Government planning

After the Twisters

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David Beito and Daniel Smith compare disaster recovery in two towns devastated last spring by tornadoes:

In Joplin, [Missouri,] eight of 10 affected businesses have reopened, according to the city's Chamber of Commerce, while less than half in Tuscaloosa[, Alabama,] have even applied for building permits, according to city data we reviewed. Walgreens revived its Joplin store in what it calls a "record-setting" three months. In Tuscaloosa, a destroyed CVS still festers, undemolished. Large swaths of Tuscaloosa's main commercial thoroughfares remain vacant lots, and several destroyed businesses have decided to reopen elsewhere, in neighboring Northport.

Bum BUM ba-dum dum. Bum BUM ba-dum dum.

The reason for Joplin's successes and Tuscaloosa's shortcomings? In Tuscaloosa, officials sought to remake the urban landscape top-down, imposing a redevelopment plan on businesses. Joplin took a bottom-up approach, allowing businesses to take the lead in recovery….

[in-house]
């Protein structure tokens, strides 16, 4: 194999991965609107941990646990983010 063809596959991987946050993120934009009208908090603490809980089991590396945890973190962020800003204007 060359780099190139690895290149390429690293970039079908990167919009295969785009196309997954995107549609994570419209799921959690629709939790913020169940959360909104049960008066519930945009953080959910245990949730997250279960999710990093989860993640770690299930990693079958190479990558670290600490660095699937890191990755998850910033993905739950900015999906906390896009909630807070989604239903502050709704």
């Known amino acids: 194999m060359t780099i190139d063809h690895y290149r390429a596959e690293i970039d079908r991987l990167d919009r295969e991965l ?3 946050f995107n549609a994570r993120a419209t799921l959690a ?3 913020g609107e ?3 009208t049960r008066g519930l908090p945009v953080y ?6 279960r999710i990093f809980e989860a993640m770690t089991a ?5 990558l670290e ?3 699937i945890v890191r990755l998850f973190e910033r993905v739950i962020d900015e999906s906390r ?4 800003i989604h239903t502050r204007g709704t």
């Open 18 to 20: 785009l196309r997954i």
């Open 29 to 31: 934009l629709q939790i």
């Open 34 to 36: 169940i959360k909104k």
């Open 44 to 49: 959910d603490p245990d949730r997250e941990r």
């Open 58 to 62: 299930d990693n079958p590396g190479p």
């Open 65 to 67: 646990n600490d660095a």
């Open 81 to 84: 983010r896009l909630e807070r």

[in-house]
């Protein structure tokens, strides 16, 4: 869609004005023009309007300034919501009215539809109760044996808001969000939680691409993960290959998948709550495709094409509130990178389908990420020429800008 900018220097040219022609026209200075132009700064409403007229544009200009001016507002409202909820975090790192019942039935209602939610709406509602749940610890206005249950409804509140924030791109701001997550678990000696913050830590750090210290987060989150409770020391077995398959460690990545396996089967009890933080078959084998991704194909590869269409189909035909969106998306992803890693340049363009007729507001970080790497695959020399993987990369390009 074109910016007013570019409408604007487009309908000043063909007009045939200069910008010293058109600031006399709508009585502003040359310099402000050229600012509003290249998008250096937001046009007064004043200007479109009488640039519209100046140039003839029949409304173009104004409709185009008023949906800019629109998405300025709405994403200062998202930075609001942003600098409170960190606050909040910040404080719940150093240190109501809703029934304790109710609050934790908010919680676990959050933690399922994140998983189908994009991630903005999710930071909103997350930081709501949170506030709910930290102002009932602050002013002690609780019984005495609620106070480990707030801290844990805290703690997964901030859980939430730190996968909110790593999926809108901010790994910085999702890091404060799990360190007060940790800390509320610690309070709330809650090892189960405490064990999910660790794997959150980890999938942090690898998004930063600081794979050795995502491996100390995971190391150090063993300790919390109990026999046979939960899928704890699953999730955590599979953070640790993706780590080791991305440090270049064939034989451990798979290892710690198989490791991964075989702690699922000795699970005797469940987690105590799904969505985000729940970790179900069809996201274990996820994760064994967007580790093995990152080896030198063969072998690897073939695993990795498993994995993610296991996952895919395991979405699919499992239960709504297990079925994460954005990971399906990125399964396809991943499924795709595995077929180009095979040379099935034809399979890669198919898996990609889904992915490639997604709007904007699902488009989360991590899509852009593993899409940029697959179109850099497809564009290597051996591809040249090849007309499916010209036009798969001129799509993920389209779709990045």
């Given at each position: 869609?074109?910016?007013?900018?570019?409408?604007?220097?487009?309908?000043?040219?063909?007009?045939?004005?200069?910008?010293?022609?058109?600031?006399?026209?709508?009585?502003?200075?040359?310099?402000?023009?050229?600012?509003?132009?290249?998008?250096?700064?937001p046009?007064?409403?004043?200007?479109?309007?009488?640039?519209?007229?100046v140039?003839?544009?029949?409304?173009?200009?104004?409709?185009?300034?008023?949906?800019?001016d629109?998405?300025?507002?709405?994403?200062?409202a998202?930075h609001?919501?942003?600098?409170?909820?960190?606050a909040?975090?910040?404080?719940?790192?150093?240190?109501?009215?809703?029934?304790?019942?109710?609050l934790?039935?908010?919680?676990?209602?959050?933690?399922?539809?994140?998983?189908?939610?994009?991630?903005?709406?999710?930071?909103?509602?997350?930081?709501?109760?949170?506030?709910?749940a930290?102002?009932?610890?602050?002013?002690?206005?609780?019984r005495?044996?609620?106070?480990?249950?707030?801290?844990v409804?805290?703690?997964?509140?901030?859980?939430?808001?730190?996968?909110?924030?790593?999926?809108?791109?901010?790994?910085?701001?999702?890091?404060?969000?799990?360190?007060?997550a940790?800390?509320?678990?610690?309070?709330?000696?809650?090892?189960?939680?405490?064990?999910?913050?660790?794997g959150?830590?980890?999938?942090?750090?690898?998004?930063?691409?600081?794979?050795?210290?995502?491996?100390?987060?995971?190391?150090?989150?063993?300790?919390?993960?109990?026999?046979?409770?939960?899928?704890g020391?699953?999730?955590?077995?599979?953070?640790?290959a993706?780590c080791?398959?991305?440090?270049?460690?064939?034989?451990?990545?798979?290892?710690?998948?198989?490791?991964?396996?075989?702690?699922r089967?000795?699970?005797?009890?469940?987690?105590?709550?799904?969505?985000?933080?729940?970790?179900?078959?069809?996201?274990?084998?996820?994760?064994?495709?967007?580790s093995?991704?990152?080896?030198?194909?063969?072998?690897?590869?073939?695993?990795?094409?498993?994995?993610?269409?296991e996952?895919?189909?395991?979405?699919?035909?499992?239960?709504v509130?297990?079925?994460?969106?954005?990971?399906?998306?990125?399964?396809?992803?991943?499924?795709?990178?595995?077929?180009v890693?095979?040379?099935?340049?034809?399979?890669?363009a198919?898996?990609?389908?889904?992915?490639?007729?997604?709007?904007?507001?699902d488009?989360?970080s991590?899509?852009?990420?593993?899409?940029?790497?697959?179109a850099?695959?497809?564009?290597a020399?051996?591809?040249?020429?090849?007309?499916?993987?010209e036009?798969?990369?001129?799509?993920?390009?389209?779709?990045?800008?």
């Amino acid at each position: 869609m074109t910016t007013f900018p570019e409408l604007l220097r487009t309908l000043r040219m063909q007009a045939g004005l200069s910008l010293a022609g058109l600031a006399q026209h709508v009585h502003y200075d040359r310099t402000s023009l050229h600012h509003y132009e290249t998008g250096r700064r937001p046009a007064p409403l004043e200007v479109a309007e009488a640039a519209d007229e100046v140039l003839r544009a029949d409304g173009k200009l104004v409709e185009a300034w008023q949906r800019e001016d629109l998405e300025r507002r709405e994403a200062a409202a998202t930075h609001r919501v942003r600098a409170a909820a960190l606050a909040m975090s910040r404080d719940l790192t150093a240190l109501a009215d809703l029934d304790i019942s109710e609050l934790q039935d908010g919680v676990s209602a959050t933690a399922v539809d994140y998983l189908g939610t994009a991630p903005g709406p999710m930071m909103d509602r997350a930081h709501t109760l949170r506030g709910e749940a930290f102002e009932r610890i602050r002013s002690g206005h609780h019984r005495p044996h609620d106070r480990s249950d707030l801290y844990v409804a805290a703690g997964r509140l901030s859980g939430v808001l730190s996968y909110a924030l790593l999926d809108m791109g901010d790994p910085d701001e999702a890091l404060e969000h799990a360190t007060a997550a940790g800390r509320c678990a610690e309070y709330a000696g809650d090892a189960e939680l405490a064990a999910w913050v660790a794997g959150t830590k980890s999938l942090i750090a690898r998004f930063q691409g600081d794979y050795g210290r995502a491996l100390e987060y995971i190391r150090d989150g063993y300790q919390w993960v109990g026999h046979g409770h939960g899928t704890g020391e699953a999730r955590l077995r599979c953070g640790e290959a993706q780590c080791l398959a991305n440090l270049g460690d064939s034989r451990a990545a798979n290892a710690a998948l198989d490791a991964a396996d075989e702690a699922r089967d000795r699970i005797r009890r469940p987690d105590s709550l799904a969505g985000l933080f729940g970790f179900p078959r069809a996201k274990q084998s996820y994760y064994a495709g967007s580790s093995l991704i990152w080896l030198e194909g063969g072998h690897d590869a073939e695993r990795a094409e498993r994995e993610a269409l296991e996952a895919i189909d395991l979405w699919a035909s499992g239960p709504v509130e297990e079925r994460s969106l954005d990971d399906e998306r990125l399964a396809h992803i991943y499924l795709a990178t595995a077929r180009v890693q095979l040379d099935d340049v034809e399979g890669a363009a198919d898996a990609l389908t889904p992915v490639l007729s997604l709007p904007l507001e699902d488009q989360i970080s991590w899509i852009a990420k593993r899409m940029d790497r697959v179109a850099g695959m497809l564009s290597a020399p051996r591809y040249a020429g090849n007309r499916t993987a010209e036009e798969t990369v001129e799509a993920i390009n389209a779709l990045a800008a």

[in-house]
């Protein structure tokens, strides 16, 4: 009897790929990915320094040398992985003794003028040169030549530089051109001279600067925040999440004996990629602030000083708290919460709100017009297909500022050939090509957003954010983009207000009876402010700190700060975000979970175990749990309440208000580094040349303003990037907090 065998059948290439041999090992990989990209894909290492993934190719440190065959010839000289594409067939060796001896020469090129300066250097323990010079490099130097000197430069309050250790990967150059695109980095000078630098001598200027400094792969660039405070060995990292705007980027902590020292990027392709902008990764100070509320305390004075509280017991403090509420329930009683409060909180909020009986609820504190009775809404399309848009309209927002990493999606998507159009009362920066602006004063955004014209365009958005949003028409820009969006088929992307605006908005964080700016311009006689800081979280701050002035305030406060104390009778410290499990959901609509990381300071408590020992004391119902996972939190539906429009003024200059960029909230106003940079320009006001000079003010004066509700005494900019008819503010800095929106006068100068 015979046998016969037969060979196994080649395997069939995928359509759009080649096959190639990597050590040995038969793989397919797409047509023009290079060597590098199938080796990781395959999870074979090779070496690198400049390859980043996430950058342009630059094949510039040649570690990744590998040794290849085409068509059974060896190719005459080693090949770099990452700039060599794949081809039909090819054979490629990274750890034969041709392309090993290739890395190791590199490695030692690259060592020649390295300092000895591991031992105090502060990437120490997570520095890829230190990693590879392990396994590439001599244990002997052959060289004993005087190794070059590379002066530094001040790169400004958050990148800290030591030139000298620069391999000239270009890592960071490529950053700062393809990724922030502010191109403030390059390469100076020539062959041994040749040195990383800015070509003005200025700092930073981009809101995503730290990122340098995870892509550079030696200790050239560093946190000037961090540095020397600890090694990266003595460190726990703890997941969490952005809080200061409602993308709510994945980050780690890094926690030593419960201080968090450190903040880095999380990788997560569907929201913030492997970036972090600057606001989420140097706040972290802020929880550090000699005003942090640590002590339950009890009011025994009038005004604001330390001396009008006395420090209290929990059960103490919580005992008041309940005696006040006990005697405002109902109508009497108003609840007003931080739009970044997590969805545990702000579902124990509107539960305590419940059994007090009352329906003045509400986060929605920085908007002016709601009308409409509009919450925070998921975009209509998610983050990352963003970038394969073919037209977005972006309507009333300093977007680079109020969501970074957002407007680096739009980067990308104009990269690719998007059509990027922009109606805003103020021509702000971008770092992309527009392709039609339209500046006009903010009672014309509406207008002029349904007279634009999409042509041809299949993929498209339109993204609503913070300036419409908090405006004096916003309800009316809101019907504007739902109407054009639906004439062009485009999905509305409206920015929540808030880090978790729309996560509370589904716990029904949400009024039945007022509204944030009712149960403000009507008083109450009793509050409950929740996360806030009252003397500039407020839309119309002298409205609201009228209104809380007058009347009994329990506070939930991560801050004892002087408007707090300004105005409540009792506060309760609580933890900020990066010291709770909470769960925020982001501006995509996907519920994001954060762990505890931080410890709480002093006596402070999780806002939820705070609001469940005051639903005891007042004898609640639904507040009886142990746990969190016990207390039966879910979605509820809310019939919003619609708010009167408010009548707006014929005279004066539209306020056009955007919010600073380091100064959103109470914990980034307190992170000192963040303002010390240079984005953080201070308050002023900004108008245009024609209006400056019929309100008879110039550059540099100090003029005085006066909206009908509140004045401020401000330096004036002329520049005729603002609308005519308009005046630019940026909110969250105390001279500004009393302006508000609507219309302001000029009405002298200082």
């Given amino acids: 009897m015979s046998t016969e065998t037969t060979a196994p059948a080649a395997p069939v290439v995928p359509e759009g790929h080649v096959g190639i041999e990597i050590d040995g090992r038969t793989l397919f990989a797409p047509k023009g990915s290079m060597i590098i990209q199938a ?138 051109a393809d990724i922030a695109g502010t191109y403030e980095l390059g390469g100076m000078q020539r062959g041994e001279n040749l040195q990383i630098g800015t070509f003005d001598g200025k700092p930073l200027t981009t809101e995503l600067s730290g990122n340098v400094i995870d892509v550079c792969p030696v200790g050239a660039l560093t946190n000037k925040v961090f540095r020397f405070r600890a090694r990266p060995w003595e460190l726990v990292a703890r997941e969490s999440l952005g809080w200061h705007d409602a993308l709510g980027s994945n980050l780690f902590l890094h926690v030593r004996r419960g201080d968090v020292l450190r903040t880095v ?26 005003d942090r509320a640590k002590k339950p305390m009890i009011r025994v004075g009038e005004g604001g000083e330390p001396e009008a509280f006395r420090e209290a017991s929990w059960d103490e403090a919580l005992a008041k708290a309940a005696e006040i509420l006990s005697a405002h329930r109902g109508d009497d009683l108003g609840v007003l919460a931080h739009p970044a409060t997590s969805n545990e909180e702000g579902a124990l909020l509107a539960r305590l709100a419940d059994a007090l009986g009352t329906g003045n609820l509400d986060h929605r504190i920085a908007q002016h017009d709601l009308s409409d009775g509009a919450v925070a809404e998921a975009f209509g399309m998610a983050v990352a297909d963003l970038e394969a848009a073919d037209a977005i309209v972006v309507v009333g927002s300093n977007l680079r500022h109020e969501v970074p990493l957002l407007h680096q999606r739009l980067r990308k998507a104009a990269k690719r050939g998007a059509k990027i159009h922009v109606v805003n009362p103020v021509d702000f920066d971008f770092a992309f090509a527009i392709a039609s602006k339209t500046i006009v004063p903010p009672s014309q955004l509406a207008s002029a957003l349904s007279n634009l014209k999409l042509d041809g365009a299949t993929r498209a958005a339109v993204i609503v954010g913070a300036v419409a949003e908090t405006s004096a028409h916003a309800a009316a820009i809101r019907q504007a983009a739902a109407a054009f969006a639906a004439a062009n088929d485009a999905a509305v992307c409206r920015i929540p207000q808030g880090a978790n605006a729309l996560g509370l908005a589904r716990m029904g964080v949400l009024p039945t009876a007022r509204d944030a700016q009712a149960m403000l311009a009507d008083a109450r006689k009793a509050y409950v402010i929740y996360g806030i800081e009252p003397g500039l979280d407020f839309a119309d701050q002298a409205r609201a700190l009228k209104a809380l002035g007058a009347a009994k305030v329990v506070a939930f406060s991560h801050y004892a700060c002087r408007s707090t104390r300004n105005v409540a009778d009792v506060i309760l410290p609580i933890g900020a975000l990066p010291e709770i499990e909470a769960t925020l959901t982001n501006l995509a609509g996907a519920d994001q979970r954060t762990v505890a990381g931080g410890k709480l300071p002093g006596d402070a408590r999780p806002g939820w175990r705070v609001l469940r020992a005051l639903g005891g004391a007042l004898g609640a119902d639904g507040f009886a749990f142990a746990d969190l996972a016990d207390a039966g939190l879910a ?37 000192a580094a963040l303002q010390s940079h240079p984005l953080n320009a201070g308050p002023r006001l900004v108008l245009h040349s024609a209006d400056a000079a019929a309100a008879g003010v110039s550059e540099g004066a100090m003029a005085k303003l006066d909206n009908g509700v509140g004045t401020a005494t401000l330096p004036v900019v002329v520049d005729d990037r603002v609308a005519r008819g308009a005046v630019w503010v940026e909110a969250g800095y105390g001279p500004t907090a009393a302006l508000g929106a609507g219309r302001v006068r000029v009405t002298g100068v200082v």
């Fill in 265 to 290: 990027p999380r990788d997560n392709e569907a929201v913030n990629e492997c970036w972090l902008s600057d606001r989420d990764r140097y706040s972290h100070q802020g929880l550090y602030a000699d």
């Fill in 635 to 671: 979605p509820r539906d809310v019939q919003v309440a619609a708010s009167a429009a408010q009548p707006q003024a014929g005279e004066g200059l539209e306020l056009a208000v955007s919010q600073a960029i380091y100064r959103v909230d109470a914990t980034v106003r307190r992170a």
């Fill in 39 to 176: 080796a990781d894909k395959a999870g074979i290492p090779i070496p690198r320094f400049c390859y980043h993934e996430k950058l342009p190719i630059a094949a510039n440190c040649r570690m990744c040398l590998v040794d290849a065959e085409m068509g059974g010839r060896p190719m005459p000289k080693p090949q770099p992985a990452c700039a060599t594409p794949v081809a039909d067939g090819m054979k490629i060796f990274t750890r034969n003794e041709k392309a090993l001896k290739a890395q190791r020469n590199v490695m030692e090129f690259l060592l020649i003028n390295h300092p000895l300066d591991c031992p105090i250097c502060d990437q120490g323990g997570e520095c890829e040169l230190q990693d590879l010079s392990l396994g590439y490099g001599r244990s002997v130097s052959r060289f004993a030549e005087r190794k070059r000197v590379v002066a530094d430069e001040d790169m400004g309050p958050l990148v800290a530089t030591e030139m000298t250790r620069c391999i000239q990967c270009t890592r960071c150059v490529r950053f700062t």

Tuscaloosa's city council imposed a 90-day construction moratorium in the disaster area, restricting commercial and residential redevelopment until officials could craft and adopt a long-term master plan. Many of the restrictions remained long after the moratorium officially expired. Joplin, by contrast, passed a 60-day moratorium that applied only to single-family residential structures and was lifted on a rolling basis, as each section of the city saw its debris cleared, within 60 days.

The Alabama city's recovery plan, "Tuscaloosa Forward," is indeed state-of-the-art urban planning–and that's the crux of the problem. It sets out to "courageously create a showpiece" of "unique neighborhoods that are healthy, safe, accessible, connected, and sustainable," all anchored by "village centers" for shopping (in a local economy that struggles to sustain current shopping centers). Another goal is to "preserve neighborhood character" from a "disproportionate ratio of renters to owners." The plan never mentions protecting property rights.

In Joplin, the official plan not only makes property rights a priority but clocks in at only 21 pages, compared with Tuscaloosa's 128.